Dr Dan O’Neill, Companion Animal Epidemiologist at the RVC, said: “I loved being a first opinion practice vet for over 20 years where I could help animals on a one-by-one basis. But now, with VetCompass, we can help animals by their thousands. An example is this syringomyelia study which may lead to many affected dogs getting treatment much earlier and therefore making their lives so much better.”
Professor Holger Volk, Professor of Veterinary Neurology and Neurosurgery, said: “These VetCompass data are an eye-opener; we very frequently see Cavaliers with clinical signs of syringomyelia at RVC’s referral hospital but now we know how common it is in the real world, outside of the referral world.”
Dr Ludovic Pelligand, Senior Lecturer in Clinical Pharmacology and Anaesthesia, said: “VetCompass allows us to identify how Cavalier King Charles affected by syringomyelia are treated for pain every day, nationwide. This will help us to understand optimal management and we are currently working on new ways to monitor pain and working towards developing new treatment options to further improve their pain relief and quality of life in the future”.
Aimee Llewellyn-Zaidi, Head of Health and Research at The Kennel Club, said: “Vet compass demonstrates the importance of good quality data collection to help identify the impact of health conditions in companion animals, and demonstrates one of the many ways that the veterinary community can support dog health. Raising awareness in the veterinary community and the wider public of important diseases, and steps they can take to reduce the risk of these diseases, is key to tackling them in a collaborative way. Whether a dog is Kennel Club registered or not, there are resources out there to support good breeding practices, such as screening for Chiari Malformation / Syringomyelia (CM/SM) under the British Veterinary Association and Kennel Club’s CM/SM scheme before using a dog for breeding.”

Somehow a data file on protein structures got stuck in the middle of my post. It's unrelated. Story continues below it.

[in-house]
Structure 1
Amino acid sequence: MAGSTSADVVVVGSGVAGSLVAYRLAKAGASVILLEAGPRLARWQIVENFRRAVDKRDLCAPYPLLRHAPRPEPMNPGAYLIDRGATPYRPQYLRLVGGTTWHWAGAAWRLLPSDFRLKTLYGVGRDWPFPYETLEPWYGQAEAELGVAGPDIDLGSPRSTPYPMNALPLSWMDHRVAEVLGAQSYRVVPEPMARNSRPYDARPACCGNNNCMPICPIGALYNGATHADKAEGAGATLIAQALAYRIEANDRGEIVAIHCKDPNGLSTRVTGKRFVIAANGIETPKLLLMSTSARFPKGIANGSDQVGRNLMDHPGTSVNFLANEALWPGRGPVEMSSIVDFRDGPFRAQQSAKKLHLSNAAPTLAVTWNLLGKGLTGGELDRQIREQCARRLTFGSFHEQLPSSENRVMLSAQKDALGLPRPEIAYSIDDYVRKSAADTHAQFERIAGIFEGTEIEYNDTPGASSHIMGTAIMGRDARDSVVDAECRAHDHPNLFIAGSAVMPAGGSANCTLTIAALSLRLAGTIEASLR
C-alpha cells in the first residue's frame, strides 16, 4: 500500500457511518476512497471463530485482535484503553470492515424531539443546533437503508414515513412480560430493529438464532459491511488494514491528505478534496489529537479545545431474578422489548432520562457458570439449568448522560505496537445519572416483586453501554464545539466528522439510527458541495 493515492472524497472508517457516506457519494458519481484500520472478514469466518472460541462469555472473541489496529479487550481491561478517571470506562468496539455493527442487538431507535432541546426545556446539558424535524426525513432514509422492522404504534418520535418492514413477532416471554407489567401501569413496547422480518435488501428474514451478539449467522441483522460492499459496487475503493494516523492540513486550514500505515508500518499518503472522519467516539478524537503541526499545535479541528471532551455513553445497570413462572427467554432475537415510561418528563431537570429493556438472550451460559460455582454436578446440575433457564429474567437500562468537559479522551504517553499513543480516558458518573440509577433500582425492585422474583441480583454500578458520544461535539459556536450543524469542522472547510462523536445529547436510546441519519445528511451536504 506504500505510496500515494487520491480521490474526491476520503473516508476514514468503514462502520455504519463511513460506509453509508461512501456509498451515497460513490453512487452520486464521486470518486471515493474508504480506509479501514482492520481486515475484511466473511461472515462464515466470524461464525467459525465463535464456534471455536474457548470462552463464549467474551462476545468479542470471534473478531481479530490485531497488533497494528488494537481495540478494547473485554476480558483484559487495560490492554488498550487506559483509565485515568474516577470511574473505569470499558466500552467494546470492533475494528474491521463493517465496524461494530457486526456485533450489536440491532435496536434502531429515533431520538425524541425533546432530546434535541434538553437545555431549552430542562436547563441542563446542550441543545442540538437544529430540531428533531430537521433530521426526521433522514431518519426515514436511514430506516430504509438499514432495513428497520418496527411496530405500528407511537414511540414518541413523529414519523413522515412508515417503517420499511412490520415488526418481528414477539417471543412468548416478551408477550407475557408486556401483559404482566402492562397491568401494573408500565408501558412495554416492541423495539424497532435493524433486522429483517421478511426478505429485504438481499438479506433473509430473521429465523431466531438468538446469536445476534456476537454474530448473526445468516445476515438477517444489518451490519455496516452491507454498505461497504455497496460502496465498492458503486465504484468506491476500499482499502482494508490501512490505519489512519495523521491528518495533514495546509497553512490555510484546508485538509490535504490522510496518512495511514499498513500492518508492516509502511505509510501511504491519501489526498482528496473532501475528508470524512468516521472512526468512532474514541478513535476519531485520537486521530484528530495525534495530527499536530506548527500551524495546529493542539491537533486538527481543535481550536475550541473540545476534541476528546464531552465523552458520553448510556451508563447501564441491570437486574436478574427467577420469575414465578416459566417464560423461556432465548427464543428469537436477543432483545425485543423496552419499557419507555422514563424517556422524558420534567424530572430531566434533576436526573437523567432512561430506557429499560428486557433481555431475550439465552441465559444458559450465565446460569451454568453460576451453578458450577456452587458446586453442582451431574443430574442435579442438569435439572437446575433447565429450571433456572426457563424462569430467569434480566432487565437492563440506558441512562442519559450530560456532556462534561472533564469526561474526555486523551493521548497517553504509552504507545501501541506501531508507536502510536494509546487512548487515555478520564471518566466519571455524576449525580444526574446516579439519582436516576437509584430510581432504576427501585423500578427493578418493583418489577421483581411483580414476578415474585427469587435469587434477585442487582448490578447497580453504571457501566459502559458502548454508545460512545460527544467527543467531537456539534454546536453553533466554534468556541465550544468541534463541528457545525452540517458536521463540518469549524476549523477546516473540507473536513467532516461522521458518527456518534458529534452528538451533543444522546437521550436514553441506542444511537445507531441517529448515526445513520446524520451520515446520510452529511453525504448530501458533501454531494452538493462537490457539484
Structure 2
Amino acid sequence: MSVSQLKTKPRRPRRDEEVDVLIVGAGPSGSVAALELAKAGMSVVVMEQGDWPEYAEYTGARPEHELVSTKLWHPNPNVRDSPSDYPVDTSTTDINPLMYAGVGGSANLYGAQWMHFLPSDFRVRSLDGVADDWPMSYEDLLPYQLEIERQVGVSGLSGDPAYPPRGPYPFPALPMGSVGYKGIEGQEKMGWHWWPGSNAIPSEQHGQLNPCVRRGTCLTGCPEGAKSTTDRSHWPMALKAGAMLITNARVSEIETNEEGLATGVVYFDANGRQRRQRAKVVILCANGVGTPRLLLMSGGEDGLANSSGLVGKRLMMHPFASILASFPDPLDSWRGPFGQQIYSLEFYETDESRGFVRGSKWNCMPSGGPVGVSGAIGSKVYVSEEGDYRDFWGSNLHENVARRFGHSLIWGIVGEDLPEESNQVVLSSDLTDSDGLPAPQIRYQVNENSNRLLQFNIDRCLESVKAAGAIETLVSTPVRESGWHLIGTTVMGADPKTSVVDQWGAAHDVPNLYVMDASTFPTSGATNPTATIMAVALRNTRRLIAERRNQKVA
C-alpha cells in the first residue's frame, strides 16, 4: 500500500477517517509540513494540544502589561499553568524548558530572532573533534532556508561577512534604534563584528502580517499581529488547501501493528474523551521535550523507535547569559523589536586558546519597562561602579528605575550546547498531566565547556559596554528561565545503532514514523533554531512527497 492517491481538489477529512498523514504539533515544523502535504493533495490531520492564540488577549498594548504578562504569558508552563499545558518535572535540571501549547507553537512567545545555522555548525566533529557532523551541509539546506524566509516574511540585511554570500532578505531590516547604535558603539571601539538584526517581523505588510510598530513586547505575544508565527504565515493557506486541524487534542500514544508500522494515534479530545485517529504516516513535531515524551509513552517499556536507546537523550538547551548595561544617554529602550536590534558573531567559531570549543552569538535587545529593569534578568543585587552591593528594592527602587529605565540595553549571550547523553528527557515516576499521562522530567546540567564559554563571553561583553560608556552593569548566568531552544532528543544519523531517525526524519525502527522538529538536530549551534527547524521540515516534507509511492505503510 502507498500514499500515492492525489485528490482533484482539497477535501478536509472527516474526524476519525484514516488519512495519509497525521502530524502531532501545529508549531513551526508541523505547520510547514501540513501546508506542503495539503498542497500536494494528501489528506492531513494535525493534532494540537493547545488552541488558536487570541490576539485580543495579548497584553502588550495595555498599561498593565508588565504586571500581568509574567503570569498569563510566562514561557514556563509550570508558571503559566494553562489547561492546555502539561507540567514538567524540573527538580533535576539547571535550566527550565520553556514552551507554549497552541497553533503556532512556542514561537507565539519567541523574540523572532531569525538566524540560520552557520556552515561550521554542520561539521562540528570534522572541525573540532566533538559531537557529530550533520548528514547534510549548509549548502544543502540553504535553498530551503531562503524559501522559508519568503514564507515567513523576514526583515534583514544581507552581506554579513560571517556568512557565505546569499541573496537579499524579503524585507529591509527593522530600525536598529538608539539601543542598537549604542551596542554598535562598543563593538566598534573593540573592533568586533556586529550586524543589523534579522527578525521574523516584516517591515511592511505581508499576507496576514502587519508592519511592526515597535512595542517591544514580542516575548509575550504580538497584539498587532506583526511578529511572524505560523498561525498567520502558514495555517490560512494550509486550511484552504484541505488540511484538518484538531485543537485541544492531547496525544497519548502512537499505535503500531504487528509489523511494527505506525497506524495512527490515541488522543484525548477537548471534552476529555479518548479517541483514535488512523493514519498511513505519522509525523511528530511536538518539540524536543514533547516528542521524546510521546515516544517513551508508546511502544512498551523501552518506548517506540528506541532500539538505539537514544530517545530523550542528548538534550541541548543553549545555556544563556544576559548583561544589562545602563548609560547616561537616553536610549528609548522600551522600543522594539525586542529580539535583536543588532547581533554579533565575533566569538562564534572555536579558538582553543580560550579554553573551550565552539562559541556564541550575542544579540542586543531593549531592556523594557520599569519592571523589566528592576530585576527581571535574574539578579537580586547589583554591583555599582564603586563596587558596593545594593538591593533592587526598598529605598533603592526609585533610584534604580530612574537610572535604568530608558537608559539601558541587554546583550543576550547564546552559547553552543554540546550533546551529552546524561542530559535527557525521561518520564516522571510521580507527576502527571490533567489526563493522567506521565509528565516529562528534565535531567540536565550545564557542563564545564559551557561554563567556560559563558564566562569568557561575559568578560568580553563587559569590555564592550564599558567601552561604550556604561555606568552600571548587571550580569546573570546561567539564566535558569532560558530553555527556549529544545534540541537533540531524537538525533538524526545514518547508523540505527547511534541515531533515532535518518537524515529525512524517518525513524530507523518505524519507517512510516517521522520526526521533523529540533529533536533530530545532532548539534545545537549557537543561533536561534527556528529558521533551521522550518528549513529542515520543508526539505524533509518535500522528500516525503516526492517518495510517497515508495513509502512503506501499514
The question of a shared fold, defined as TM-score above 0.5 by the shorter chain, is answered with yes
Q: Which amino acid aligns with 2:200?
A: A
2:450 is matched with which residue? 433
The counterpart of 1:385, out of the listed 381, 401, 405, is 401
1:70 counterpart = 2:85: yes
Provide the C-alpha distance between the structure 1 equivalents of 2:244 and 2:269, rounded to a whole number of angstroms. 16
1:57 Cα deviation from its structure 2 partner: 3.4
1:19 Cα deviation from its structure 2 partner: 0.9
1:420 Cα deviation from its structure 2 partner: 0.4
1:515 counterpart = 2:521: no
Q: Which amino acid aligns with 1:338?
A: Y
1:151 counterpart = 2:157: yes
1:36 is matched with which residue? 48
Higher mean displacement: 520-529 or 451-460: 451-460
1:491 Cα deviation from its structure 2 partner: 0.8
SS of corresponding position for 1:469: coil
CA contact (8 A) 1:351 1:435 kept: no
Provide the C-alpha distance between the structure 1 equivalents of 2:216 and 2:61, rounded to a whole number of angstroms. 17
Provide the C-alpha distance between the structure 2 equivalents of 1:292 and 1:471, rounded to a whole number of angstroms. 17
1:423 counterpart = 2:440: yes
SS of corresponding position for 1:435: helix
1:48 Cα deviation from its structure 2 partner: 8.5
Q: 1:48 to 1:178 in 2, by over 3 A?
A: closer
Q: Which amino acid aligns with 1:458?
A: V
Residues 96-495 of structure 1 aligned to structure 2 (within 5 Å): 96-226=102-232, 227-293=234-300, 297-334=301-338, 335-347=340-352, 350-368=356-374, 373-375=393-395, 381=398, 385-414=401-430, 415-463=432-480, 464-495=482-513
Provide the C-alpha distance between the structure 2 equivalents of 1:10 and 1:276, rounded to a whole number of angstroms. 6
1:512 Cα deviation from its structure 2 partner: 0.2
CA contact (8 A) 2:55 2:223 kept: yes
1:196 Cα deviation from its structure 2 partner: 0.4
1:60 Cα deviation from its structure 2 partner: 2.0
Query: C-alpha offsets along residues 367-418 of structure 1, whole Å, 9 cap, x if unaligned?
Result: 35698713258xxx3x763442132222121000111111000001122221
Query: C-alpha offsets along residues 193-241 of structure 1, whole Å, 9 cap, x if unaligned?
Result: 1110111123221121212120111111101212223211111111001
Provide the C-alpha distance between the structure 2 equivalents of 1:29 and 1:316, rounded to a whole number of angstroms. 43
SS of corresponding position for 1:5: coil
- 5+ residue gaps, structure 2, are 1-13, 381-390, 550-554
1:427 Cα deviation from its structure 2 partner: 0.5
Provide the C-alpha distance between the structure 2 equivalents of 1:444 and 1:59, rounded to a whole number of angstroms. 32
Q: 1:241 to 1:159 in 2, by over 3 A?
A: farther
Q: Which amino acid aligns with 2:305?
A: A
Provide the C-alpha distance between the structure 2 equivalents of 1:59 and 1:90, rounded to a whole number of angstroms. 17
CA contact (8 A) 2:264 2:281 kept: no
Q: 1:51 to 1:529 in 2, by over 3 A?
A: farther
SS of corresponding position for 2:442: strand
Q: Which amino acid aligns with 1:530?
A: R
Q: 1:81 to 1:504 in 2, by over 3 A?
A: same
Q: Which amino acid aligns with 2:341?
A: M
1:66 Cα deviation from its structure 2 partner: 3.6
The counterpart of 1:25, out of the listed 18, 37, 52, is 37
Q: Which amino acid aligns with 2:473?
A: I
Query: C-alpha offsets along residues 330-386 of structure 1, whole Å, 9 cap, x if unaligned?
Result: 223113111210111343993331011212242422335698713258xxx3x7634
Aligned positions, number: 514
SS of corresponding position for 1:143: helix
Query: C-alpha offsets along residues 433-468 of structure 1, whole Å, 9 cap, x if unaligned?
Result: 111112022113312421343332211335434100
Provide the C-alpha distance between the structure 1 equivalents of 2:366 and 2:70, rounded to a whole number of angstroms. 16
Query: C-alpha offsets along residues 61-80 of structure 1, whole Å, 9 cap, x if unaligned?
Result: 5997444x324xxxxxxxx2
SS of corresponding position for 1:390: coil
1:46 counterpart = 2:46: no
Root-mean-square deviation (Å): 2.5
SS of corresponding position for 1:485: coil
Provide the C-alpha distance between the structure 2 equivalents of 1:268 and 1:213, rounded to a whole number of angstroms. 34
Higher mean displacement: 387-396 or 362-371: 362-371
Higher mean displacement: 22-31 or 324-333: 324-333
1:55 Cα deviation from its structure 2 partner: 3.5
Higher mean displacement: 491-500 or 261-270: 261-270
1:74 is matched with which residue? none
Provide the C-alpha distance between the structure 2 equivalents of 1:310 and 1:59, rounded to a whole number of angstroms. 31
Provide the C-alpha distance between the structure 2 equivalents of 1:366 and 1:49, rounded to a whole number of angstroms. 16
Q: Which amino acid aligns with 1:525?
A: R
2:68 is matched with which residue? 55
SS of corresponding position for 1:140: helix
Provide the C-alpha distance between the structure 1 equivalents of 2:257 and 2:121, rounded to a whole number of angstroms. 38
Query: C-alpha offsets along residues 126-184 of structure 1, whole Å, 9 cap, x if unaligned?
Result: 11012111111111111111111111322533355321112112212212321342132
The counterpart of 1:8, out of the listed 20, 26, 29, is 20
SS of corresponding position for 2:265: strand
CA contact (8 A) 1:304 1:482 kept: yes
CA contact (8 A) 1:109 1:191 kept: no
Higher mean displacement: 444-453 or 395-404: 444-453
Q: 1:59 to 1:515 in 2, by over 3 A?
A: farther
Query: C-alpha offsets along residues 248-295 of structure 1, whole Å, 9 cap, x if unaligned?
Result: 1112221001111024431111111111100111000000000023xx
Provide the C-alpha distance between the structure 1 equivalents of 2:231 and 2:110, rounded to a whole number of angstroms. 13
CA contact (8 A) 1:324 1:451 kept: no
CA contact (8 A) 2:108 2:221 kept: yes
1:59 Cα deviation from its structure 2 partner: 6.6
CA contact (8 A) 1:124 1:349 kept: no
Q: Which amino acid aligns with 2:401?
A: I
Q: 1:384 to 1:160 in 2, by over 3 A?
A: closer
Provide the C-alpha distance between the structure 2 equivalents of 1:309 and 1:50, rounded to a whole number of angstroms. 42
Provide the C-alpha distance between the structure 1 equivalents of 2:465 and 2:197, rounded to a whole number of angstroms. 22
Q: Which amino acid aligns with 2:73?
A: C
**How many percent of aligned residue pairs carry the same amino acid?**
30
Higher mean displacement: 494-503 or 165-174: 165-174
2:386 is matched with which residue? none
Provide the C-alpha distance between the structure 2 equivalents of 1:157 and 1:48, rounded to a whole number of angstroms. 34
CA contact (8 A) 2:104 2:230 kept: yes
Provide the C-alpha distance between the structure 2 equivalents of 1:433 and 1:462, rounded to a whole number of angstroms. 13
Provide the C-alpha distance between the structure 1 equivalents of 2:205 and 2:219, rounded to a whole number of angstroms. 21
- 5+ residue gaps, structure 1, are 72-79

Tania Ledger, owner of a Cavalier King Charles Spaniel and a founder of Cavalier Matters said: “My experience is that dogs with syringomyelia can live relatively normal lives provided they are managed carefully. This means having an understanding of the disease and what role the medication and lifestyle plays. With increased awareness of the condition by owners and vets, the lives of these special little dogs can be helped immeasurably. I set up Cavalier Matters to simply try and help where we can. We work tirelessly to raise both funds and awareness of syringomyelia in Cavalier King Charles Spaniels.”
Sanchis-Mora S, Pelligand L, Thomas CL, Volk HA, Abeyesinghe SM, Brodbelt DC, Church DB, Thomson PC, McGreevy PD, O'Neill DG. Dogs attending primary-care practice in England with clinical signs suggestive of Chiari-like malformation/syringomyelia. Veterinary Record 2016 Aug 17. doi: 10.1136/vr.103651
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Notes to Editors
The Royal Veterinary College (RVC) is the UK's largest and longest established independent veterinary school and is a constituent College of the University of London. The RVC offers undergraduate, postgraduate and CPD programmes in veterinary medicine, veterinary nursing and biological sciences, being ranked in the top 10 universities nationally for biosciences degrees. It is currently the only veterinary school in the world to hold full accreditation from AVMA, EAEVE, RCVS and AVBC.
A research-led institution, in the most recent Research Excellence Framework (REF2014) the RVC maintained its position as the top HEFCE funded veterinary focused research institution.
The College also provides animal owners and the veterinary profession with access to expert veterinary care and advice through its teaching hospitals; the Beaumont Sainsbury Animal Hospital in central London, the Queen Mother Hospital for Animals (Europe's largest small animal referral centre), the Equine Referral Hospital, and the Farm Animal Clinical Centre located at the Hertfordshire campus.
RVC Press Release 20 September 2016